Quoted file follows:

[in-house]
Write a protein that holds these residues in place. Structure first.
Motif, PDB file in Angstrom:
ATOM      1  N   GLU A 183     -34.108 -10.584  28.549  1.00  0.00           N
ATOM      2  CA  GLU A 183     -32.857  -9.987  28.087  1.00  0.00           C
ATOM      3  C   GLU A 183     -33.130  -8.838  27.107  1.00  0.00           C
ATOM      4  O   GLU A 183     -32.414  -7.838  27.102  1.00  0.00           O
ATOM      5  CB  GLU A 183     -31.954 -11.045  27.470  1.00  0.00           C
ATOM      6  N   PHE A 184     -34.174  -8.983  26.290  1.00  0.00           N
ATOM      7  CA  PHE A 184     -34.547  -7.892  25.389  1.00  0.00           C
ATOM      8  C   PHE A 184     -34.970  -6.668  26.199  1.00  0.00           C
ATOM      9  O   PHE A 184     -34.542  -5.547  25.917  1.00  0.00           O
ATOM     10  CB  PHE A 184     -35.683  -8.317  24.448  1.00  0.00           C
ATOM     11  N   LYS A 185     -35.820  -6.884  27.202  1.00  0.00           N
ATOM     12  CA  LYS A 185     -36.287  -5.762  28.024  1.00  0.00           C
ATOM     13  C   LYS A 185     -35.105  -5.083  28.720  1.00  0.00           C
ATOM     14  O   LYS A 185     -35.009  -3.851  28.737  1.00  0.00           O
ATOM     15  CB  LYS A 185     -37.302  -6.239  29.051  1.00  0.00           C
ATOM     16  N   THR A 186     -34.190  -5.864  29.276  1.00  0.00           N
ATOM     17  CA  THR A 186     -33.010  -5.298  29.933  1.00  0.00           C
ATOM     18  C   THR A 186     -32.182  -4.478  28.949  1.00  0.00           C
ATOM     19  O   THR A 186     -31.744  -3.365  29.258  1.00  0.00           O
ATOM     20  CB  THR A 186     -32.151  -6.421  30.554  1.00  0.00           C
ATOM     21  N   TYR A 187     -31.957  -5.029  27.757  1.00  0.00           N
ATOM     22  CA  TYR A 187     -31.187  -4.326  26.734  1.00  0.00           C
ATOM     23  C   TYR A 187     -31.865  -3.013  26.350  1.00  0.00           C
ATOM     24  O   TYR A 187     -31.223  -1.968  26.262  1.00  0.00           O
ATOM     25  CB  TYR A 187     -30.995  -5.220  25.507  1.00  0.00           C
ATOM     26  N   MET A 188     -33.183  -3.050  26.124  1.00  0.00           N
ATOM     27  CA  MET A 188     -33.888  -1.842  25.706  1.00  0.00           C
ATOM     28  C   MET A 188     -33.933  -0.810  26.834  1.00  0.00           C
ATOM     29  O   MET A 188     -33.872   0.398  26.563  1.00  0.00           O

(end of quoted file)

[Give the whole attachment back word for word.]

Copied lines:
[in-house]
Write a protein that holds these residues in place. Structure first.
Motif, PDB file in Angstrom:
ATOM      1  N   GLU A 183     -34.108 -10.584  28.549  1.00  0.00           N
ATOM      2  CA  GLU A 183     -32.857  -9.987  28.087  1.00  0.00           C
ATOM      3  C   GLU A 183     -33.130  -8.838  27.107  1.00  0.00           C
ATOM      4  O   GLU A 183     -32.414  -7.838  27.102  1.00  0.00           O
ATOM      5  CB  GLU A 183     -31.954 -11.045  27.470  1.00  0.00           C
ATOM      6  N   PHE A 184     -34.174  -8.983  26.290  1.00  0.00           N
ATOM      7  CA  PHE A 184     -34.547  -7.892  25.389  1.00  0.00           C
ATOM      8  C   PHE A 184     -34.970  -6.668  26.199  1.00  0.00           C
ATOM      9  O   PHE A 184     -34.542  -5.547  25.917  1.00  0.00           O
ATOM     10  CB  PHE A 184     -35.683  -8.317  24.448  1.00  0.00           C
ATOM     11  N   LYS A 185     -35.820  -6.884  27.202  1.00  0.00           N
ATOM     12  CA  LYS A 185     -36.287  -5.762  28.024  1.00  0.00           C
ATOM     13  C   LYS A 185     -35.105  -5.083  28.720  1.00  0.00           C
ATOM     14  O   LYS A 185     -35.009  -3.851  28.737  1.00  0.00           O
ATOM     15  CB  LYS A 185     -37.302  -6.239  29.051  1.00  0.00           C
ATOM     16  N   THR A 186     -34.190  -5.864  29.276  1.00  0.00           N
ATOM     17  CA  THR A 186     -33.010  -5.298  29.933  1.00  0.00           C
ATOM     18  C   THR A 186     -32.182  -4.478  28.949  1.00  0.00           C
ATOM     19  O   THR A 186     -31.744  -3.365  29.258  1.00  0.00           O
ATOM     20  CB  THR A 186     -32.151  -6.421  30.554  1.00  0.00           C
ATOM     21  N   TYR A 187     -31.957  -5.029  27.757  1.00  0.00           N
ATOM     22  CA  TYR A 187     -31.187  -4.326  26.734  1.00  0.00           C
ATOM     23  C   TYR A 187     -31.865  -3.013  26.350  1.00  0.00           C
ATOM     24  O   TYR A 187     -31.223  -1.968  26.262  1.00  0.00           O
ATOM     25  CB  TYR A 187     -30.995  -5.220  25.507  1.00  0.00           C
ATOM     26  N   MET A 188     -33.183  -3.050  26.124  1.00  0.00           N
ATOM     27  CA  MET A 188     -33.888  -1.842  25.706  1.00  0.00           C
ATOM     28  C   MET A 188     -33.933  -0.810  26.834  1.00  0.00           C
ATOM     29  O   MET A 188     -33.872   0.398  26.563  1.00  0.00           O